Olympic sports writing: 2004-2015

Selected features and interviews, plus coverage from several Olympics: Features Dec. 1, 2015: US college sports are a factory for Olympic medalists – but for how much longer? (The Guardian) Nov. 7, 2015: Speed skating: can the US team shine after the failure of Sochi? (The Guardian) Aug. 30, 2015: Why Serena Williams, not Ronda Rousey, is the world’s most dominant female athlete (The Guardian) Aug. 12, 2015: Golf doesn’t need the Olympics, and the Olympics don’t need golf (The Guardian) Dec. 15, 2014: Break up the Olympics! (SportsMyriad) Oct. 12, 2010: Women’s Ski Jumping Tests the Grudges of Olympic Leaders (Huffington … Continue reading Olympic sports writing: 2004-2015

Are UK taxpayers subsidizing poor spending habits in the Football League?

Yes. Well, I think so. That’s the conclusion I reached after reading Chapter 7 of Ted Philipakos’ excellent forthcoming book, On Level Terms. That might not be Philipakos’ conclusion. He’s an agent and an academic who clearly has a solid grasp of the 10 cases he discusses in the book, but he plays the role of dispassionate reporter here, passing no judgment but simply summarizing these complex cases in plain English — a difficult task he does well. He starts with U.S. cases, leading off with the big one, Fraser v MLS — the players’ 1997 lawsuit against the then-new Major League … Continue reading Are UK taxpayers subsidizing poor spending habits in the Football League?

20 alternatives to YSA

Dear MLS Supporters Group, You may be a little upset that your club is getting more aggressive in its efforts to keep you from chanting “YOU SUCK, ASSHOLE!” every time the opposing keeper takes a goal kick. The argument has been going on for years, but commissioner Don Garber ratcheted up the rhetoric over the last few months, and now the Red Bulls are offering to pay fans not to say it. What started as a rather stupid drunken chant has evolved into an act of civil disobedience. “Garber can’t tell us what to do,” you might say. “We’re fans. He’s … Continue reading 20 alternatives to YSA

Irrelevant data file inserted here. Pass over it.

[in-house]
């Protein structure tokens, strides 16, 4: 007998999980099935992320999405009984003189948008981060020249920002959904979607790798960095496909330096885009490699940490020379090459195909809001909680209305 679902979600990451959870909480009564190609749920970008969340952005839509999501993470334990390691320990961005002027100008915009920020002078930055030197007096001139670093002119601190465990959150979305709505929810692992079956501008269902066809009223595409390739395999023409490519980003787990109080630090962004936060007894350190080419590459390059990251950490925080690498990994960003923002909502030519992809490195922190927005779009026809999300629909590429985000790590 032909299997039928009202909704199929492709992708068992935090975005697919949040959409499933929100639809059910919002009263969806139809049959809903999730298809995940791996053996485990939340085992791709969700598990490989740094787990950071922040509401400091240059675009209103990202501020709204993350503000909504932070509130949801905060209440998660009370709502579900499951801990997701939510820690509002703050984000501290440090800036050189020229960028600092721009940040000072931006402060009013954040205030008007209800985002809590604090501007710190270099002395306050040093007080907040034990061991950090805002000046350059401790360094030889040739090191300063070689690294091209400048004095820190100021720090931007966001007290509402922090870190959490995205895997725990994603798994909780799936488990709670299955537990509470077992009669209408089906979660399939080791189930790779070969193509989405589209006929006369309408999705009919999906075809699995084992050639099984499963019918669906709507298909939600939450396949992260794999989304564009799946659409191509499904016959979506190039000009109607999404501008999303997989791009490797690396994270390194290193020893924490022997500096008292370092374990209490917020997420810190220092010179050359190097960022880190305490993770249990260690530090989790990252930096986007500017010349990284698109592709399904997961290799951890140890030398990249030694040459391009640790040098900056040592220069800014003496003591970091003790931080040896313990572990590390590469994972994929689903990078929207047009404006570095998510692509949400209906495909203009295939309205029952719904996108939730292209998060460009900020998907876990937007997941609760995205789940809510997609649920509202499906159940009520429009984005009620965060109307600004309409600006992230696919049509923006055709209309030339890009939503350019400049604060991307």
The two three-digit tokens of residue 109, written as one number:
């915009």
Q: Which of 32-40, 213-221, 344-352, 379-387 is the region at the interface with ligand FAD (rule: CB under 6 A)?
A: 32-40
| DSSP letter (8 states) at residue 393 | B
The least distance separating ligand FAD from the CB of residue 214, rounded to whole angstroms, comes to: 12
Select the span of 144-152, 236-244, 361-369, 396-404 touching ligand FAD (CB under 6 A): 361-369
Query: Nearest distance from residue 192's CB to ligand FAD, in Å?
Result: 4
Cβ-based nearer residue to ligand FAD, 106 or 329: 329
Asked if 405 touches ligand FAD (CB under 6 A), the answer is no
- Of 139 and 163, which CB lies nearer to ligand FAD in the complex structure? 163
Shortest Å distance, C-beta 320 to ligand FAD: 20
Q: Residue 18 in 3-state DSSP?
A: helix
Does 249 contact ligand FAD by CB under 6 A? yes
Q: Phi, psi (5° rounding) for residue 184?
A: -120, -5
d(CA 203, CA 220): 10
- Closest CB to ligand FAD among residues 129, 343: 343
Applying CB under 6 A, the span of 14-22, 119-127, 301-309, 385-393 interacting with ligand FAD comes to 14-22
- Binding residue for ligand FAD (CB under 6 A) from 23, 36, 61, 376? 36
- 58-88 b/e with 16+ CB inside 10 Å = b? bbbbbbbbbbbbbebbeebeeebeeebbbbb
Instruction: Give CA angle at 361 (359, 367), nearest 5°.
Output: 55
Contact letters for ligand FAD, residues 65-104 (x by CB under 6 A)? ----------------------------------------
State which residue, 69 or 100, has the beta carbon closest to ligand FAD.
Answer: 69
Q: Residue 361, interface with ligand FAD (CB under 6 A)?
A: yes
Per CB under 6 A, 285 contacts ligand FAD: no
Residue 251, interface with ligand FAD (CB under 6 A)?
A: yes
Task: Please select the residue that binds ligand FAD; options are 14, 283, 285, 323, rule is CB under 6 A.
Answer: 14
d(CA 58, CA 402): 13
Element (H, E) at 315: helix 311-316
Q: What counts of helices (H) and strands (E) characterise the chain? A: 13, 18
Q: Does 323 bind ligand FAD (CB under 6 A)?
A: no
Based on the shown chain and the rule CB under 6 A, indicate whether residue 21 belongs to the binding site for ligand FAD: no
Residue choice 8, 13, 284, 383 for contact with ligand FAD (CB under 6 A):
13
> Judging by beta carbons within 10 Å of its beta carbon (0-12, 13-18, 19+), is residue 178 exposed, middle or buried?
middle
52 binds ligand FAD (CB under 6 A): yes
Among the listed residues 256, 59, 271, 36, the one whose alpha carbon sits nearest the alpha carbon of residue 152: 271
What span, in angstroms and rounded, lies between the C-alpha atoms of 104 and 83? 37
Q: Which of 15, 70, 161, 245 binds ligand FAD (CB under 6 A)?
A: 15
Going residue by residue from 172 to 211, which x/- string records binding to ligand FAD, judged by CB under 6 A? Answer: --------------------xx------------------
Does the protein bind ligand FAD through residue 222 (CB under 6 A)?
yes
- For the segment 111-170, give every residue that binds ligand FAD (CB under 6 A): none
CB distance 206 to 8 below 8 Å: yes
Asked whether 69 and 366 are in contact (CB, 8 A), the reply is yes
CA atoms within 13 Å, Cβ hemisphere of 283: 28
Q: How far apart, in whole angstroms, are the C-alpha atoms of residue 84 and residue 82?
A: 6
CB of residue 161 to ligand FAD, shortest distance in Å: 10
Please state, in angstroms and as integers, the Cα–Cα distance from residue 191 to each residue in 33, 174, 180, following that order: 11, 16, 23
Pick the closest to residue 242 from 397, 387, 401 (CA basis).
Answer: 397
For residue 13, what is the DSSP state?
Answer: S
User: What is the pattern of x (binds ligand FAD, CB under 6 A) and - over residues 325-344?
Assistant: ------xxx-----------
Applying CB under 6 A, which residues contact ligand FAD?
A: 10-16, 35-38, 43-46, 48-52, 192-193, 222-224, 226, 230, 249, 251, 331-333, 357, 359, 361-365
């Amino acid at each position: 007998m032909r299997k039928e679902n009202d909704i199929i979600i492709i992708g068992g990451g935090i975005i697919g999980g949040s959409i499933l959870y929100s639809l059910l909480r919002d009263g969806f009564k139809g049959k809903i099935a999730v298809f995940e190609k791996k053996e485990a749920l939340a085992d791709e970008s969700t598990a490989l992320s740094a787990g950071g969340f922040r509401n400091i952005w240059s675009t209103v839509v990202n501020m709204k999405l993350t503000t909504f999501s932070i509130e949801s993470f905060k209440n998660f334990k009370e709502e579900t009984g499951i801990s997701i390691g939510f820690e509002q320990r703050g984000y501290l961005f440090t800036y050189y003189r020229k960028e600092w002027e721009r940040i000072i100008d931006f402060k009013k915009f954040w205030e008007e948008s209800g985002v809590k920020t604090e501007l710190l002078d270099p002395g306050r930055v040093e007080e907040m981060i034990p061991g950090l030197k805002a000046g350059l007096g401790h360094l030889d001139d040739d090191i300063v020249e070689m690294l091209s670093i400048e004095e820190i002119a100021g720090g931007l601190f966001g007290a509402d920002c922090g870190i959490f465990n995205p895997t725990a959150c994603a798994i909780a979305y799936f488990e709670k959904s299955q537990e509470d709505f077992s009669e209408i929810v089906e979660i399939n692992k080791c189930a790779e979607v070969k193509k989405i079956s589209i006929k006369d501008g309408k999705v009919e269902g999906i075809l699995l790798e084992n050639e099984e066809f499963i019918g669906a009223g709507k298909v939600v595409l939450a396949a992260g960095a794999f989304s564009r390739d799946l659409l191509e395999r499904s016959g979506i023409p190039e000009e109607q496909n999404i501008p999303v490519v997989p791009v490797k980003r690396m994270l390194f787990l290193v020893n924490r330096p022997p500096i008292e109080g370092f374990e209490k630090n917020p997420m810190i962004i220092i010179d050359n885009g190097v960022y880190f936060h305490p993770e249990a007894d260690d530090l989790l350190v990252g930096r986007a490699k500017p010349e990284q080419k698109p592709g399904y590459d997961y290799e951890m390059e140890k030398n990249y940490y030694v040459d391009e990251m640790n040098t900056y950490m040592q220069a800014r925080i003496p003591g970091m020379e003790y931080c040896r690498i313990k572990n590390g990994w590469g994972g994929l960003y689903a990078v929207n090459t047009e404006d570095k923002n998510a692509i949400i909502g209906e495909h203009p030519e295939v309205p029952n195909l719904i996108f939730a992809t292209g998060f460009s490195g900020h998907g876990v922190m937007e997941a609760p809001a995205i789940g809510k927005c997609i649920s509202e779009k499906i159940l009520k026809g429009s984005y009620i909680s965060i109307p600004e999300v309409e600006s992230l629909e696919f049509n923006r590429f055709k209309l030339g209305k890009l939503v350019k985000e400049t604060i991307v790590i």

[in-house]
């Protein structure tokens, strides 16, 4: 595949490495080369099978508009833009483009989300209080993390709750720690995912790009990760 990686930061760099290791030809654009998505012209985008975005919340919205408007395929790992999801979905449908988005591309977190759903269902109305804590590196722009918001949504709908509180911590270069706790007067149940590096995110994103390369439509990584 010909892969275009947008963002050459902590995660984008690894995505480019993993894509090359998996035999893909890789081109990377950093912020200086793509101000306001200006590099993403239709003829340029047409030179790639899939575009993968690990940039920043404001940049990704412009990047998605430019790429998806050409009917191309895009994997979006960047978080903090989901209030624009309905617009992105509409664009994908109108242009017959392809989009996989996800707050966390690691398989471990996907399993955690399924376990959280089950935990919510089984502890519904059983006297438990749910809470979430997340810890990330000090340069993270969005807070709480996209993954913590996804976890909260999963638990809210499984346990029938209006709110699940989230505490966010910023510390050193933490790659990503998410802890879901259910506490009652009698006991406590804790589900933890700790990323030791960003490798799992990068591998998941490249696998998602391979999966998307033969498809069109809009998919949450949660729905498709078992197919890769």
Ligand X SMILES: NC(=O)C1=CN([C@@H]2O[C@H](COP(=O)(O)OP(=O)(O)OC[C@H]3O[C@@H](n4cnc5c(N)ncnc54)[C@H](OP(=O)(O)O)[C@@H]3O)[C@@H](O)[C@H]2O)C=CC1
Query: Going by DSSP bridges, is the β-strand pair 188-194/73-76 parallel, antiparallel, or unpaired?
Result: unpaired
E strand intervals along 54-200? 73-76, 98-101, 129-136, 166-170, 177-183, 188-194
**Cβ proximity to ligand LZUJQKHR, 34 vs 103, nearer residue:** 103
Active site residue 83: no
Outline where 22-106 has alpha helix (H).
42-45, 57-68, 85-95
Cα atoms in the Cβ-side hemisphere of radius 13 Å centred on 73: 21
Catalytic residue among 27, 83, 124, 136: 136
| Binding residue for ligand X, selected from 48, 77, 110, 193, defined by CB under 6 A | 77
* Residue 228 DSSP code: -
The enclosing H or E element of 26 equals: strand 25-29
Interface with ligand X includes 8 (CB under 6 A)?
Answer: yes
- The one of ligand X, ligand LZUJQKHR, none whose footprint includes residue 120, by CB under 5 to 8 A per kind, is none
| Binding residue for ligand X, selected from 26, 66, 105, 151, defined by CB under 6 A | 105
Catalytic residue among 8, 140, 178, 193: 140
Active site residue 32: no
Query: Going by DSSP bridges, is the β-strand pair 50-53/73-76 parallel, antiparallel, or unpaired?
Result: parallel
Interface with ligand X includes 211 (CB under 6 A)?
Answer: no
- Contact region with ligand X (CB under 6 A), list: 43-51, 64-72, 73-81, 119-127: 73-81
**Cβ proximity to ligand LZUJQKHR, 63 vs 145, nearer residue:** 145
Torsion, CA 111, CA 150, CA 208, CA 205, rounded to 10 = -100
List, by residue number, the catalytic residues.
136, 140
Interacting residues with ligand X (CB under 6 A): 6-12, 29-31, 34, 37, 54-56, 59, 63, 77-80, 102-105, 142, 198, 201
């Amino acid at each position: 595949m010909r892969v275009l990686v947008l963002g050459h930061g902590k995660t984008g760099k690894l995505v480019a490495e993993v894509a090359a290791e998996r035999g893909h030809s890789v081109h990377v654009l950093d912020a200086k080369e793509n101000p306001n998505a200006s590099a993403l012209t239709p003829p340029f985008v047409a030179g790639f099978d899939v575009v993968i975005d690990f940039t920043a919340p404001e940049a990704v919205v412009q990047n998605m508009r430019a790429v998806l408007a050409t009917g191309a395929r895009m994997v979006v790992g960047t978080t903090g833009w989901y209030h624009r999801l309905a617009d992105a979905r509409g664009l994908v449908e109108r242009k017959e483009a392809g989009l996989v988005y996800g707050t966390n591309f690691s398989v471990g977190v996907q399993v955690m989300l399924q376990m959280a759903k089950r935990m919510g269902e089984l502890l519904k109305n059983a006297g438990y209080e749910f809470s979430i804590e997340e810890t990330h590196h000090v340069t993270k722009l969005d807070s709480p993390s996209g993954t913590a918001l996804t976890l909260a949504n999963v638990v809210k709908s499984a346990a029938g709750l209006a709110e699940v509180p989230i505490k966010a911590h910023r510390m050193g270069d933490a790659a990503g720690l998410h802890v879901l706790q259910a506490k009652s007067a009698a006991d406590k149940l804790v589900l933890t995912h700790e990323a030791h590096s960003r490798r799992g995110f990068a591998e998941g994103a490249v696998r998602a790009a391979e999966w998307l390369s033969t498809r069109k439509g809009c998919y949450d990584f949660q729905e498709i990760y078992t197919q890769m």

Cricket player aims to make soccer club farewell pay off

Ellyse Perry has represented Australia in cricket and soccer. But to play for Australia in the World Twenty20, she had to say goodbye to her soccer club, Canberra United. A few months later, she found a new club, Sydney FC. But before then, she has some business in Sri Lanka. Perry gave up six runs per over in Australia’s World Twenty20 opener as her team won handily over India.   Continue reading Cricket player aims to make soccer club farewell pay off

Pro softball playoffs: A soccer lesson?

Graham Hays passes on a quote showing the extra urgency in softball, a sport with an underdog pro league and an uphill fight to get back in the Olympics. None of us who play in this league know when our last at-bat is going to be. We don’t know when the last time we’ve ever going to play softball again is. So there wasn’t really any time to waste in the sixth inning. Did anyone sense that urgency about women’s pro soccer from the sport’s stars? Perhaps there’s no reason to feel that way — overseas leagues, the WPSL and … Continue reading Pro softball playoffs: A soccer lesson?

2012 medal projection update: Ball sports